In March 1974, French Prime Minister Pierre Messmer took to national television. Military conflict to Europe’s east had been brought home in the form of an energy crisis, one that threatened spiralling inflation across the Western world.
Messmer’s answer was startlingly simple. “France has not been favoured by nature in energy resources,” he conceded. “Our great chance is electrical energy of nuclear origin.”
In the name of energy security, Messmer ordered the construction of 44 new nuclear power plants to be under way within seven years, with 120 operational by the year 2000. The plan, as he put it, was for France to go “all nuclear, all electric”.
Strong state control over the energy sector meant the construction could proceed apace, with the first plants beginning construction within months and being completed in just six years.
The problems that would beset the Messner Plan doomed nuclear power more broadly. The 1980s saw rising interest rates and declining public support as well as the growing privatisation and decentralisation of energy systems across Europe.
Although the plan was never fully enacted, meeting just over one-third of its target, the result nevertheless remains perhaps the most significant example of an advanced economy transitioning to green energy.
The plants built worldwide in that decade still represent about 40% of overall nuclear capacity today, according to the International Energy Agency (IEA). Though nuclear power is now responsible for just 10% of global electricity generation, down from 18% in the 1990s, it remains the second most important low-emissions source (after hydroelectric) and has shaved an estimated 20% off global electricity-related emissions since the 1970s.
Almost 50 years later, with a 1970s-style energy-inflationary crisis now coinciding with the increasingly urgent threat of climate breakdown, could the stage be set for nuclear’s second coming?
Could nuclear power have a role in fighting climate change?
That is the question posed by the IEA’s recent report on the role of nuclear power in the energy transition.
Under the agency’s plan for reaching net zero by 2050, nuclear power is set to play a small but vital role in compensating for nature’s inherently variable supply of wind and sunshine. In China, for instance, the IEA’s plan would see nuclear power providing just 10% of overall electricity but almost half the system’s inertia (a key component of flexibility).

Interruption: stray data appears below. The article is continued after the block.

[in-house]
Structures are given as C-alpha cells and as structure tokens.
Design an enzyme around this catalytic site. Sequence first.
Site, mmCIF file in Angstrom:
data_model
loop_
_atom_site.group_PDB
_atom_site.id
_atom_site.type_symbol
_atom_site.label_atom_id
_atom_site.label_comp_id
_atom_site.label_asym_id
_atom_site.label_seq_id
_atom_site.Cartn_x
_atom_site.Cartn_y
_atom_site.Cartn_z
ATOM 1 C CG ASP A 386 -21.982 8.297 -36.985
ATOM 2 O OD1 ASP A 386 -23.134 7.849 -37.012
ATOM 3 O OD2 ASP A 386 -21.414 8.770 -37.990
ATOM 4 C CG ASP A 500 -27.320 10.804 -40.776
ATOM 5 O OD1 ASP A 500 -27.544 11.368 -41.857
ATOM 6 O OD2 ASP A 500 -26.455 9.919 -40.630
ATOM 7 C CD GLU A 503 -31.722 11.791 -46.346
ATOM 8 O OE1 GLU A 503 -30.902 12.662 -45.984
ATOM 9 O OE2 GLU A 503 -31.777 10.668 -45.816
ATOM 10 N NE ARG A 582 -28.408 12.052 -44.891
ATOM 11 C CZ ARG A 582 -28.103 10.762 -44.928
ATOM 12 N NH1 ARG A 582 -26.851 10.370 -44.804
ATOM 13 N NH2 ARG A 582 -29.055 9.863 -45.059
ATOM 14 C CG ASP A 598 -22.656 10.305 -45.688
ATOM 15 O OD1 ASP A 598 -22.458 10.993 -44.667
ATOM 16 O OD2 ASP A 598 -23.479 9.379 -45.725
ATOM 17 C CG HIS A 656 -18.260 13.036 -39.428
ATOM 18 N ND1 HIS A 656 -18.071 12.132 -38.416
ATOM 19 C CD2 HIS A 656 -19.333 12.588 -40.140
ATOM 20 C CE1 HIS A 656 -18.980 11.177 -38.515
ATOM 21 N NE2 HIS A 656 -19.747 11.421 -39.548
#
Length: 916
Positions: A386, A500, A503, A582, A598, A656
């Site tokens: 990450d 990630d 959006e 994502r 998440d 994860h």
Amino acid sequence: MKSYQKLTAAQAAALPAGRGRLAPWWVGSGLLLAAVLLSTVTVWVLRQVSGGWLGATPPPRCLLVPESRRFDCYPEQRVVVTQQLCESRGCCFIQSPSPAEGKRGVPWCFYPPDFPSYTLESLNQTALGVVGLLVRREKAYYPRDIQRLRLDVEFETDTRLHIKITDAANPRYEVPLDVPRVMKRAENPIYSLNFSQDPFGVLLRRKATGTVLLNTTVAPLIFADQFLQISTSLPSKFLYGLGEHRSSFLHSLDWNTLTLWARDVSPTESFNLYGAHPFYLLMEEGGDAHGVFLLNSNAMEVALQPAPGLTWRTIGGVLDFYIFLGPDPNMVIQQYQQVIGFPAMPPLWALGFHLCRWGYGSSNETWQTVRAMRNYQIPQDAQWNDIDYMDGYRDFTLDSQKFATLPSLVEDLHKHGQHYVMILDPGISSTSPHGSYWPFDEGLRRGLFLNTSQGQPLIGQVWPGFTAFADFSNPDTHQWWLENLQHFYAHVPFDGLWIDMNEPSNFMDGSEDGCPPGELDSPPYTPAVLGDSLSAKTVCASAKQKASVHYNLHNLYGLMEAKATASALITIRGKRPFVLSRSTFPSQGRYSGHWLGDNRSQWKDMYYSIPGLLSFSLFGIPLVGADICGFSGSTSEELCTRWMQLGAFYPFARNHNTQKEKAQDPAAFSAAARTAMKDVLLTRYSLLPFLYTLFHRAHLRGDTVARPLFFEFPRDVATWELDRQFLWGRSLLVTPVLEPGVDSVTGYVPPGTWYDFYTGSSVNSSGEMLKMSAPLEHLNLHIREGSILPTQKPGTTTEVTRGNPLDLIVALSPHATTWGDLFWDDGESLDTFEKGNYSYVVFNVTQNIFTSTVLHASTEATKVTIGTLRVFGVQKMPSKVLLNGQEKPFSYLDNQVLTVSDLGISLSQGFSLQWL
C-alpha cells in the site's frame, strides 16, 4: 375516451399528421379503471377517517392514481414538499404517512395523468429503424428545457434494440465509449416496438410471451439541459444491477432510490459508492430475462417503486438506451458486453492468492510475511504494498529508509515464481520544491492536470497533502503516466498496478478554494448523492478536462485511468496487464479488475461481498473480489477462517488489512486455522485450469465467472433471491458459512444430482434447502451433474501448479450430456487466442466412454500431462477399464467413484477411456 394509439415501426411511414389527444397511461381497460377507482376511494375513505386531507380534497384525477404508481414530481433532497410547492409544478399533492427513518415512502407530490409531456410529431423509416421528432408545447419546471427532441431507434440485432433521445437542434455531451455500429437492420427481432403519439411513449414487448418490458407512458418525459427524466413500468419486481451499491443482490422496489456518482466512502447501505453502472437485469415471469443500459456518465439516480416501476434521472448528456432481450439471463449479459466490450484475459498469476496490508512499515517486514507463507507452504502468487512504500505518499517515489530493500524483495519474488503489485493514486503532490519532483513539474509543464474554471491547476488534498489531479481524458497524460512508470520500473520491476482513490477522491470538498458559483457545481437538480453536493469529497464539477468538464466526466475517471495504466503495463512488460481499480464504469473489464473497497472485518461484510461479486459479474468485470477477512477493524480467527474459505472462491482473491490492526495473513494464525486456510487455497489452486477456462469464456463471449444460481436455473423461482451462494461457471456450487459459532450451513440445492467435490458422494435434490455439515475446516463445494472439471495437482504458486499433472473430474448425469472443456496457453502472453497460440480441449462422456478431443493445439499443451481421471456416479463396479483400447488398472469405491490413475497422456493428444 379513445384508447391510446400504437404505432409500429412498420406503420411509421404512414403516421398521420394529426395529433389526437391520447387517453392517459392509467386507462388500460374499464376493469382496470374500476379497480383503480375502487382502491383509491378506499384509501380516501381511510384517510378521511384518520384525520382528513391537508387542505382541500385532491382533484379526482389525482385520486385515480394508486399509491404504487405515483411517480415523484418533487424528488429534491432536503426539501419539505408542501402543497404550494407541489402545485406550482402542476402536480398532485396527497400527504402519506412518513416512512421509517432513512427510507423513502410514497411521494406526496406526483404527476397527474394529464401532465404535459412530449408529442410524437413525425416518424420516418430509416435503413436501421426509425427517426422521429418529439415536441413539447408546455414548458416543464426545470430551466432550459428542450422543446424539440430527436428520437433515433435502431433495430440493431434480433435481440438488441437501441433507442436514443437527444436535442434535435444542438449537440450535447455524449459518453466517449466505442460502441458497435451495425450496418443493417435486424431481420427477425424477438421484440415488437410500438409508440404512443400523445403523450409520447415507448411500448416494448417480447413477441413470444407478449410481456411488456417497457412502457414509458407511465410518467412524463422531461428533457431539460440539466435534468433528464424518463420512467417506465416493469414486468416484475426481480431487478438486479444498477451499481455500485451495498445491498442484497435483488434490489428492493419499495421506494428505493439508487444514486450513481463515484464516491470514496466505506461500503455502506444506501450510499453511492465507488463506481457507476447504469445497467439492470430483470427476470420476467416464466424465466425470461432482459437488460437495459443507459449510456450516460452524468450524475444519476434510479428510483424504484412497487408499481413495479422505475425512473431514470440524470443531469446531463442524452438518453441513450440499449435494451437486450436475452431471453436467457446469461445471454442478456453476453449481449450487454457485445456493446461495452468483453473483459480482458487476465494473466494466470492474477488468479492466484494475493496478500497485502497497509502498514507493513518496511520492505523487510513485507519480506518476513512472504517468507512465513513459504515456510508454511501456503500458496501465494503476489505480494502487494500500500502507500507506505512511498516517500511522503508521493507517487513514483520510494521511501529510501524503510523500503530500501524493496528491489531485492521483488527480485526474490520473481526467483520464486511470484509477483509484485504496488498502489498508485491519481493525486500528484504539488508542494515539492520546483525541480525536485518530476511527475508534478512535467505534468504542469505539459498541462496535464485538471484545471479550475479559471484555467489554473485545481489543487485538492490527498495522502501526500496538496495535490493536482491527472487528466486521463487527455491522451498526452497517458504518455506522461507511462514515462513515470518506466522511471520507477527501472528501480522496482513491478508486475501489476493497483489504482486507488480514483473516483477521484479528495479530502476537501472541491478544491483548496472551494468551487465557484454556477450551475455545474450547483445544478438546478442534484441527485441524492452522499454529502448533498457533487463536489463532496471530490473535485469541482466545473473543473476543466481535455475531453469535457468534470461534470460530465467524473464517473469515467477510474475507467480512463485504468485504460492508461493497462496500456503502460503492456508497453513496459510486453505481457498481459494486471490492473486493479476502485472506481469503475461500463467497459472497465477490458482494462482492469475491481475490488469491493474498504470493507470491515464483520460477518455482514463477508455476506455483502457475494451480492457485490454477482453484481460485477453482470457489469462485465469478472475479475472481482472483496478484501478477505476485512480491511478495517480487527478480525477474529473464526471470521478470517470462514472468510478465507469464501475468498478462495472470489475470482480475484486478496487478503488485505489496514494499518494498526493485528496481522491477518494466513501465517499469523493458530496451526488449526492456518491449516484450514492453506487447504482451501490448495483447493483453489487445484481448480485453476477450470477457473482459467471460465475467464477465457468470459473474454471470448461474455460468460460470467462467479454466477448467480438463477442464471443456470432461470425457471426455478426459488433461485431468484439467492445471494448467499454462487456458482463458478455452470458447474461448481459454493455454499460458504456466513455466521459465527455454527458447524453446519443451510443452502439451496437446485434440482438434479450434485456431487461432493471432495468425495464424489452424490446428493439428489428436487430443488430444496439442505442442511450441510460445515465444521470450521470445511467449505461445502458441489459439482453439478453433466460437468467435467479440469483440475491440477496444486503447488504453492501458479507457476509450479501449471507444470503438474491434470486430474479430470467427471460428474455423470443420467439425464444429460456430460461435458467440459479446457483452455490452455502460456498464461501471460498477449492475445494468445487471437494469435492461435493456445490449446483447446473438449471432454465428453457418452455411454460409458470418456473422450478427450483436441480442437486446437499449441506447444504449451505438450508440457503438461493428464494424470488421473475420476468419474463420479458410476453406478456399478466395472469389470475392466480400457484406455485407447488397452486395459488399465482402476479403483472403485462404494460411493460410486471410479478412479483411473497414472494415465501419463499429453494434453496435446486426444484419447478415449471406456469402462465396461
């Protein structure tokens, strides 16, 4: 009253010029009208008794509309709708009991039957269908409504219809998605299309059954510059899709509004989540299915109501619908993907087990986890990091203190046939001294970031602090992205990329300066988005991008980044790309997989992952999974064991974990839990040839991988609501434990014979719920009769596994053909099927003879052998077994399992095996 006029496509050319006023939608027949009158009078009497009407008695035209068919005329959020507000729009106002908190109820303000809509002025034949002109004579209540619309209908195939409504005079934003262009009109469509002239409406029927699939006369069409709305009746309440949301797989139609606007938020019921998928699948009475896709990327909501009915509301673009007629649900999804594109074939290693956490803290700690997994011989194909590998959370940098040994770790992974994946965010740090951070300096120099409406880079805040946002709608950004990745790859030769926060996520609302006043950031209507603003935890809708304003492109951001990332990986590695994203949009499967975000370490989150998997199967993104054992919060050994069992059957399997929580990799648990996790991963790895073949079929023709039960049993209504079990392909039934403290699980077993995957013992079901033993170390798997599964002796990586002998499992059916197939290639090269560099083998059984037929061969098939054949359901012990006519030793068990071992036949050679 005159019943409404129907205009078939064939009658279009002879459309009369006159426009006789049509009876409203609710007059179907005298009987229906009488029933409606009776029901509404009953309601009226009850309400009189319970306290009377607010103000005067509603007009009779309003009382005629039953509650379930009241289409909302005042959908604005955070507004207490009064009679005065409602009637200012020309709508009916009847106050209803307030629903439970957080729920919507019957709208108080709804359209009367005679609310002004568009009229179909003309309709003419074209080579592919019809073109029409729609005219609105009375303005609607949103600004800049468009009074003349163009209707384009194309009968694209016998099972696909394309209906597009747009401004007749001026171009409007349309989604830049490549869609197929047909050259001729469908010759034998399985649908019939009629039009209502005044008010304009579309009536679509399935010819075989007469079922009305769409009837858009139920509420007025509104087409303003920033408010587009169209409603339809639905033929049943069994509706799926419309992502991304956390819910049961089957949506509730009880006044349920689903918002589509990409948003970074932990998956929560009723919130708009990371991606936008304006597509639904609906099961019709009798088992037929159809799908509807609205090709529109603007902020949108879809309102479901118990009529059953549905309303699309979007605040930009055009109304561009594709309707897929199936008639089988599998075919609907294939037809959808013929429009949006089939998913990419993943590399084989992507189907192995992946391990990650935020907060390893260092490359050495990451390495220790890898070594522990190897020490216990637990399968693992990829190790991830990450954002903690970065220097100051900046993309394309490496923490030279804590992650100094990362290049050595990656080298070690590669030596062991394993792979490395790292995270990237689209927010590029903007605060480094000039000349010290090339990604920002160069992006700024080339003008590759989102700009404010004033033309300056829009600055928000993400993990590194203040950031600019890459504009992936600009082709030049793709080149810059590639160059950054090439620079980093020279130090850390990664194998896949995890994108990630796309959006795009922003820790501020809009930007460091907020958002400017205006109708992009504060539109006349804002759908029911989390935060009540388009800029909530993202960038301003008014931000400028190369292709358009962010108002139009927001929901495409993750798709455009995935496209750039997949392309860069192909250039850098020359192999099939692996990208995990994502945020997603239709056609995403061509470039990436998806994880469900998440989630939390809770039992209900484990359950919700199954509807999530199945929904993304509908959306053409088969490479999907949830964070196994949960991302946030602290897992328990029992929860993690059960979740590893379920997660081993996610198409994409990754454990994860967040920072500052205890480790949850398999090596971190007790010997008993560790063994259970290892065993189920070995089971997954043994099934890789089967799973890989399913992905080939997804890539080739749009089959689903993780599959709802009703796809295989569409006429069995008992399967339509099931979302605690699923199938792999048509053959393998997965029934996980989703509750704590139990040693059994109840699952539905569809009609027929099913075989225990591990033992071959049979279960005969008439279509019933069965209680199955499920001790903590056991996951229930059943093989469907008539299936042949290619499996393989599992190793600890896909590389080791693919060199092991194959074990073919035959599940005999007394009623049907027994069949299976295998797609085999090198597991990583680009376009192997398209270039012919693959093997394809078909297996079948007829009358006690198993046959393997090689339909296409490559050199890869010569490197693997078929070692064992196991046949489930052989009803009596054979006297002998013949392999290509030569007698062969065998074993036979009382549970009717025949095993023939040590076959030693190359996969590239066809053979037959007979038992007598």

The alternative would be to combine fossil fuel plants fitted with carbon capture technology and an unprecedented level of energy storage capacity in the form of batteries and hydroelectric dams. The IEA estimates that achieving net zero with these methods would require an additional $500bn in investment, raising consumer electricity bills by an average of $20bn per year and continuing to expose them to fossil fuel price fluctuations.
Keeping costs down while avoiding power outages would also require building significant excess capacity. The IEA estimates that every gigawatt (GW) of nuclear capacity forgone in such a scenario would need to be compensated with 3.5GW from other sources. As well as increasing costs, the agency warns, such a strategy would lead to a major increase in demand for materials that are already likely to be in short supply during the energy transition.
That is not to say that the IEA’s targets will be easy to meet. Nuclear power capacity will need to nearly double by 2050, increasing by 399GW. By contrast, over the past three decades total capacity has risen by just 60GW and under current policies is set to rise by just 117GW by 2050 – less than one-third of the necessary increase. To meet that goal, annual investment will need to rise to $100bn by 2030 (up from $30bn per year in the decade to 2020).
Russia and China are cornering the market
There are some signs that major economies are heeding the IEA’s advice. Ten new power plants broke ground in 2021, twice as many as was typical in recent years, while transition strategies recently announced by the UK, France, China, India and Poland all give substantial importance to the role of nuclear power.
In France, those plans include €50bn ($52.23bn) to begin work on six new reactors by 2028, while the UK plans to source one-quarter of all electricity from nuclear power by 2050. South Korea’s newly elected president has pledged to halt the country’s current phase-out plans, to restart construction at two sites and to build ten plants overseas by 2030.
Even in Germany and Japan, which began to phase out nuclear power entirely following the 2011 Fukushima accident, the conversation has shifted noticeably. Japan has begun the process of restarting its shuttered plants, while Germany, which has shut down 33 of its 36 reactors since 2011, is now considering extending the lifetime of the three that remain.
These developments mark a sharp turnaround. In recent years, major nuclear construction projects in advanced economies have been beset by delays and cost overruns. Some of the issues are simply due to a lack of expertise or unreliable supply chains, reflecting the long neglect of the sector, while others have been blamed on a lack of regulatory stability – requiring frequent mid-construction design changes and limiting companies’ ability to repeat designs.